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The strange career of John Obi Mikel

Chelsea's John Obi Mikel (right). AP Photo/Kirsty Wigglesworth
Roar Rookie
28th August, 2015
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2774 Reads

John Obi Mikel has been at Chelsea since 2006. For comparison, Ashley Cole joined them in the same year. By the laws of football he should either be a Chelsea legend by now, or be plying his trade at a different club.

He has been strongly linked with move away seemingly every season. Besiktas this year, someone else the year before. For somebody that is obviously good enough to be playing regularly, but it is currently bit-part, I have been surprised not to have seen him go.

His skills would be highly appreciated at somewhere like Swansea or even Everton.

He has made just 224 appearances for the Blues in the English Premier League in 10 seasons.

Jon Obi Mikel is the brainchild of the mad scientist that is Jose Mourinho. He was actually born a highly creative and attacking young player. At the FIFA World Youth Championship in the Netherlands 2005, he was going past players, running into the box, threading balls through the defensive line, essentially playing as a Number 10.

Chelsea signed him in 2006 and Mourinho made him a defensive goliath. He recognized that he needed a replacement for ageing Claude Makelele and chose Mikel. He disposed of his attacking traits and instilled discipline and physicality into the young Nigerian. He played occasionally in 2006-07.

Arguably his best season was in 2008-09. He played 32 times in the Premier League during Luis Scolari’s troubled tenure and temporary manager Guus Hiddink’s later renaissance. They won the FA Cup and reached the Champions League final. This was the year that Claude Makelele left the club and Mikel was handed the reigns, the position he had been penciled in for.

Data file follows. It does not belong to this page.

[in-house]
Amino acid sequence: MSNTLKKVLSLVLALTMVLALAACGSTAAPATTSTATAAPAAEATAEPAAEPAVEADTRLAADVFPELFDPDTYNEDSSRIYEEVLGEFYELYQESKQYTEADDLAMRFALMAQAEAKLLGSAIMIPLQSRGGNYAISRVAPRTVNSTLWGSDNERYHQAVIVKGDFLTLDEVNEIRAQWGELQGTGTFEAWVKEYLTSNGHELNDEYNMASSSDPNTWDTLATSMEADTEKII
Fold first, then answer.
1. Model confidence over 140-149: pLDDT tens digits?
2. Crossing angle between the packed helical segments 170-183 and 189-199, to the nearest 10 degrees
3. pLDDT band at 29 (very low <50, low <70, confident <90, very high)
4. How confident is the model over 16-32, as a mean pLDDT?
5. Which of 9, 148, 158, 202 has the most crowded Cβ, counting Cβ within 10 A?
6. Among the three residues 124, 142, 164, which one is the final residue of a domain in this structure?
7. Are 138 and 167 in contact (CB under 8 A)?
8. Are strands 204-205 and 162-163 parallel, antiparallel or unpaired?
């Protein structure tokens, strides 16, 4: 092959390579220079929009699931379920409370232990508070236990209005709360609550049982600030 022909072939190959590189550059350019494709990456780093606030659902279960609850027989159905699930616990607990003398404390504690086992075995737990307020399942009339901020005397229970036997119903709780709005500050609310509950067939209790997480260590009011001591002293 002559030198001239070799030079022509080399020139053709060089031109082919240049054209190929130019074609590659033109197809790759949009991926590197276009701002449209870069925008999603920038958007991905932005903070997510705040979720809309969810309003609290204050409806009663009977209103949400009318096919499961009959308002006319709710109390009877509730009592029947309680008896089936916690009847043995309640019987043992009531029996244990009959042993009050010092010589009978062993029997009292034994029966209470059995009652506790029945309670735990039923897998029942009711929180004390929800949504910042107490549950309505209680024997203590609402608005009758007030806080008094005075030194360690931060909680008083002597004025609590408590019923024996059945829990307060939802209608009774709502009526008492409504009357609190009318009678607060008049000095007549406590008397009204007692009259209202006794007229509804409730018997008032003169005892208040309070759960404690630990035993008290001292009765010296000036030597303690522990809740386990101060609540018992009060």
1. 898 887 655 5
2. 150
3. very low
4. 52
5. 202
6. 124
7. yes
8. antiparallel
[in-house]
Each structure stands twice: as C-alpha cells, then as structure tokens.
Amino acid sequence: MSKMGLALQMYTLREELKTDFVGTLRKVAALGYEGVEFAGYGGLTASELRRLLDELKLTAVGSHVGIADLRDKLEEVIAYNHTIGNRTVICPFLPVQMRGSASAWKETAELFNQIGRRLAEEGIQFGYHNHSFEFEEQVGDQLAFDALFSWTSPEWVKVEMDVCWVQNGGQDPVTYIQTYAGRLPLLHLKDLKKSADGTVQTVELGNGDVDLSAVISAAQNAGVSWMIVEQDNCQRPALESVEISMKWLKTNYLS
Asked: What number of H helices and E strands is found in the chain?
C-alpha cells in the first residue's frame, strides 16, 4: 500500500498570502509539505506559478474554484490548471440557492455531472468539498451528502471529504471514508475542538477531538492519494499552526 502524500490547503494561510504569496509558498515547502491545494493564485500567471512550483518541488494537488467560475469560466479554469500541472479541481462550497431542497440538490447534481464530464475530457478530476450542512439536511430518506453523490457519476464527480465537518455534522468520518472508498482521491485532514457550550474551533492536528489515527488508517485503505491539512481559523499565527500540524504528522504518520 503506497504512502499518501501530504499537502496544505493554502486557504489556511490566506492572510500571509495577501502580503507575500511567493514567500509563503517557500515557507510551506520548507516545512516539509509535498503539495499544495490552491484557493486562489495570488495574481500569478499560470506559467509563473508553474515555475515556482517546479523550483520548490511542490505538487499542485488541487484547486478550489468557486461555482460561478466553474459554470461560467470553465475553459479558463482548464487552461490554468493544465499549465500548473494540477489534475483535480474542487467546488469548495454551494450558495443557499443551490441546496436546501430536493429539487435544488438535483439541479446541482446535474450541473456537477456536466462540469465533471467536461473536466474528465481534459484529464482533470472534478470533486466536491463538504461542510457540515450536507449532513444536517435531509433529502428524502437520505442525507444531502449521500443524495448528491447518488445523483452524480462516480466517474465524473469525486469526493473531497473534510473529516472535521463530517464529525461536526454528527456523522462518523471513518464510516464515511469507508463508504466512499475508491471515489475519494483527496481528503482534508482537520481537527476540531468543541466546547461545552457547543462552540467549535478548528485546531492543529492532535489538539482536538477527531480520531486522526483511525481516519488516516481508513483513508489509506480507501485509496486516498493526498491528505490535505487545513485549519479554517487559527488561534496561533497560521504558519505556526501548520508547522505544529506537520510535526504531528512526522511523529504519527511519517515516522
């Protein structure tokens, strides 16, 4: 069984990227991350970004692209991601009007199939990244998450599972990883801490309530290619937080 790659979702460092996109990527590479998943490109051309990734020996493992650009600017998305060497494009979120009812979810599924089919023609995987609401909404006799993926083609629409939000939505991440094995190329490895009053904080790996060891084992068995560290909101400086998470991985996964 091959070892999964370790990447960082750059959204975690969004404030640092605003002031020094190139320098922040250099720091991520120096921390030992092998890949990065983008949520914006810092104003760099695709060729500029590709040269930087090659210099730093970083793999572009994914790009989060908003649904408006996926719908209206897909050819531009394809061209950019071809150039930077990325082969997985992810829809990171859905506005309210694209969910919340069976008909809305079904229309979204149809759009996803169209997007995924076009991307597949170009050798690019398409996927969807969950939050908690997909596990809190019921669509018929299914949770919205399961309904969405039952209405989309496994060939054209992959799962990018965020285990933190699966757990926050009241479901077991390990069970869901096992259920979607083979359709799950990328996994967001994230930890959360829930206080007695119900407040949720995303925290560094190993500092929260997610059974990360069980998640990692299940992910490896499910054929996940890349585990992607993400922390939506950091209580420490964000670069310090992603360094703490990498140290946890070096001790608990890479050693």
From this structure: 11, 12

Mikel also excelled during Carlo Ancelotti’s tenure. It looked like he would become one of the world’s best defensive midfielders. He played in the anchor role in a 4-3-3 or 4-4-2 formation, during Chelsea’s title-winning campaign of 2009-10 and the subsequent season where they finished second. Ancelotti was sacked. He notched up 25 and 28 appearances respectively.

The flurry of managers came – Andre Villas-Boas, Roberto di Matteo and Benitez – and his role was diminished. He played while Michael Essien was injured, still not automatically first choice. 22 games in both 2011-12 and 12-13. Chelsea won their first Champions League and Mikel played 120 minutes in the final. Jamie Redknapp rated it as “a performance that I didn’t think he had in him”.

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Now, under the new Mourinho, Mikel has performed a role that I have called Chelsea’s ‘bulletproof vest’. Jose finally got his hands on his finished project. Mikel would be subbed on late into the game for an attacking midfielder like Oscar or Willian in an attempt to shore up the game. Chelsea’s ability to win games 1-0 or 2-1 last season was their trademark.

While he played third fiddle to Matic and Ramires, Mikel’s role was actually quite critical in helping Chelsea keep the three points in the bag, especially in tough away games. He played 18 times in 2014-15.

His career has been bohemian. There’s nobody you can really compare him to. Maybe Shola Amoebi? He must either really love Chelsea, or really love being a substitute player.

Will he retire at Chelsea? Mourinho’s happy to keep paying him. He’s still only 28, he has another 5-6 years left in him. If so he would have ended up staying at Chelsea for about the same length of time as John Terry or Frank Lampard and played half as much.

He’s kind of a quasi-club icon at the moment. He is definitely part of the furniture but I’m sure the fans wouldn’t mind if he left. He’s won two EPL titles, a Europa League, four FA Cups, two League Cups and a Champions League. That’s very impressive. Anybody would be happy with that kind of success and maybe Mikel is.

It’s strange and demented these days to not see a player chase more game time, money or acclaim. But quietly Mikel keeps chipping away. Could he be a content footballer, not motivated by greed?